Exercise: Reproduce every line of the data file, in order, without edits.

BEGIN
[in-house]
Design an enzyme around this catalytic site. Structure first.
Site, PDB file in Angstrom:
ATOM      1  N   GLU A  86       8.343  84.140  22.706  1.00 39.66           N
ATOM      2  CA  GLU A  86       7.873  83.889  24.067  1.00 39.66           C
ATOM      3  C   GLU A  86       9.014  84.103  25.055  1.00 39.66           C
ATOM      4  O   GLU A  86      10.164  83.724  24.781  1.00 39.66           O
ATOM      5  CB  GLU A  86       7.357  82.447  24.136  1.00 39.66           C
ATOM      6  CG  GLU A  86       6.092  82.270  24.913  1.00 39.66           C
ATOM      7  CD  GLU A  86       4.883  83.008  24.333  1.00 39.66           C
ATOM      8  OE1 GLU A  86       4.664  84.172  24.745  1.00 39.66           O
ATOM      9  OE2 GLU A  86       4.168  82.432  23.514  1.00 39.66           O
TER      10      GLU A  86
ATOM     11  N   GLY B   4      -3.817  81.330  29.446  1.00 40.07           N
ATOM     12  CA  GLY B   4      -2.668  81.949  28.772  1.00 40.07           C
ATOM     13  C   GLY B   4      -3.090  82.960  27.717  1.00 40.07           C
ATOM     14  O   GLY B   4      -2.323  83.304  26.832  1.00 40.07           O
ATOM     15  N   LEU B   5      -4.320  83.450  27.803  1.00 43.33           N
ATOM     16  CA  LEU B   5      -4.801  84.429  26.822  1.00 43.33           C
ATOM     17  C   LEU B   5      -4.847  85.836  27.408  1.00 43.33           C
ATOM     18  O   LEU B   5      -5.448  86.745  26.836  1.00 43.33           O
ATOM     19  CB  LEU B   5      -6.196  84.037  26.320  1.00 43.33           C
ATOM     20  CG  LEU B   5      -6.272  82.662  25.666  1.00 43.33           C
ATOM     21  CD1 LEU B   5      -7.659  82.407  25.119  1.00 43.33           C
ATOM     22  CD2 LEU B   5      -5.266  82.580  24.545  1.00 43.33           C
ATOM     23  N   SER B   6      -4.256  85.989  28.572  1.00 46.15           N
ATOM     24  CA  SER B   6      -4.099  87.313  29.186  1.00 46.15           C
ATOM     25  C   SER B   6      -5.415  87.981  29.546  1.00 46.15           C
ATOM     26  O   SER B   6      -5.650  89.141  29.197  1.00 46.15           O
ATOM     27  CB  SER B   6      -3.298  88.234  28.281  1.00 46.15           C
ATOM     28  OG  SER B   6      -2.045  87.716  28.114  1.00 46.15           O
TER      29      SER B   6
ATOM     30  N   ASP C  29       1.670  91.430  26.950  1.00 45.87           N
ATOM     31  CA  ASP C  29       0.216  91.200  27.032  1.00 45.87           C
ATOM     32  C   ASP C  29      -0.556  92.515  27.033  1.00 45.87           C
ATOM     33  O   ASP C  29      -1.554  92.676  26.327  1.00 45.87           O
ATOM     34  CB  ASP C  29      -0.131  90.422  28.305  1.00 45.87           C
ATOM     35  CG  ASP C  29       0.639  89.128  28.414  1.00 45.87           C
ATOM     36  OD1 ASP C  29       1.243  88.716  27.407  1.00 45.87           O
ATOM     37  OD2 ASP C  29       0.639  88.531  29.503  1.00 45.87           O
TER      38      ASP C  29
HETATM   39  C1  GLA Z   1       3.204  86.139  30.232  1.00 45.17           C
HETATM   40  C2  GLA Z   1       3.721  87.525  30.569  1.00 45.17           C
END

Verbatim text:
[in-house]
Design an enzyme around this catalytic site. Structure first.
Site, PDB file in Angstrom:
ATOM      1  N   GLU A  86       8.343  84.140  22.706  1.00 39.66           N
ATOM      2  CA  GLU A  86       7.873  83.889  24.067  1.00 39.66           C
ATOM      3  C   GLU A  86       9.014  84.103  25.055  1.00 39.66           C
ATOM      4  O   GLU A  86      10.164  83.724  24.781  1.00 39.66           O
ATOM      5  CB  GLU A  86       7.357  82.447  24.136  1.00 39.66           C
ATOM      6  CG  GLU A  86       6.092  82.270  24.913  1.00 39.66           C
ATOM      7  CD  GLU A  86       4.883  83.008  24.333  1.00 39.66           C
ATOM      8  OE1 GLU A  86       4.664  84.172  24.745  1.00 39.66           O
ATOM      9  OE2 GLU A  86       4.168  82.432  23.514  1.00 39.66           O
TER      10      GLU A  86
ATOM     11  N   GLY B   4      -3.817  81.330  29.446  1.00 40.07           N
ATOM     12  CA  GLY B   4      -2.668  81.949  28.772  1.00 40.07           C
ATOM     13  C   GLY B   4      -3.090  82.960  27.717  1.00 40.07           C
ATOM     14  O   GLY B   4      -2.323  83.304  26.832  1.00 40.07           O
ATOM     15  N   LEU B   5      -4.320  83.450  27.803  1.00 43.33           N
ATOM     16  CA  LEU B   5      -4.801  84.429  26.822  1.00 43.33           C
ATOM     17  C   LEU B   5      -4.847  85.836  27.408  1.00 43.33           C
ATOM     18  O   LEU B   5      -5.448  86.745  26.836  1.00 43.33           O
ATOM     19  CB  LEU B   5      -6.196  84.037  26.320  1.00 43.33           C
ATOM     20  CG  LEU B   5      -6.272  82.662  25.666  1.00 43.33           C
ATOM     21  CD1 LEU B   5      -7.659  82.407  25.119  1.00 43.33           C
ATOM     22  CD2 LEU B   5      -5.266  82.580  24.545  1.00 43.33           C
ATOM     23  N   SER B   6      -4.256  85.989  28.572  1.00 46.15           N
ATOM     24  CA  SER B   6      -4.099  87.313  29.186  1.00 46.15           C
ATOM     25  C   SER B   6      -5.415  87.981  29.546  1.00 46.15           C
ATOM     26  O   SER B   6      -5.650  89.141  29.197  1.00 46.15           O
ATOM     27  CB  SER B   6      -3.298  88.234  28.281  1.00 46.15           C
ATOM     28  OG  SER B   6      -2.045  87.716  28.114  1.00 46.15           O
TER      29      SER B   6
ATOM     30  N   ASP C  29       1.670  91.430  26.950  1.00 45.87           N
ATOM     31  CA  ASP C  29       0.216  91.200  27.032  1.00 45.87           C
ATOM     32  C   ASP C  29      -0.556  92.515  27.033  1.00 45.87           C
ATOM     33  O   ASP C  29      -1.554  92.676  26.327  1.00 45.87           O
ATOM     34  CB  ASP C  29      -0.131  90.422  28.305  1.00 45.87           C
ATOM     35  CG  ASP C  29       0.639  89.128  28.414  1.00 45.87           C
ATOM     36  OD1 ASP C  29       1.243  88.716  27.407  1.00 45.87           O
ATOM     37  OD2 ASP C  29       0.639  88.531  29.503  1.00 45.87           O
TER      38      ASP C  29
HETATM   39  C1  GLA Z   1       3.204  86.139  30.232  1.00 45.17           C
HETATM   40  C2  GLA Z   1       3.721  87.525  30.569  1.00 45.17           C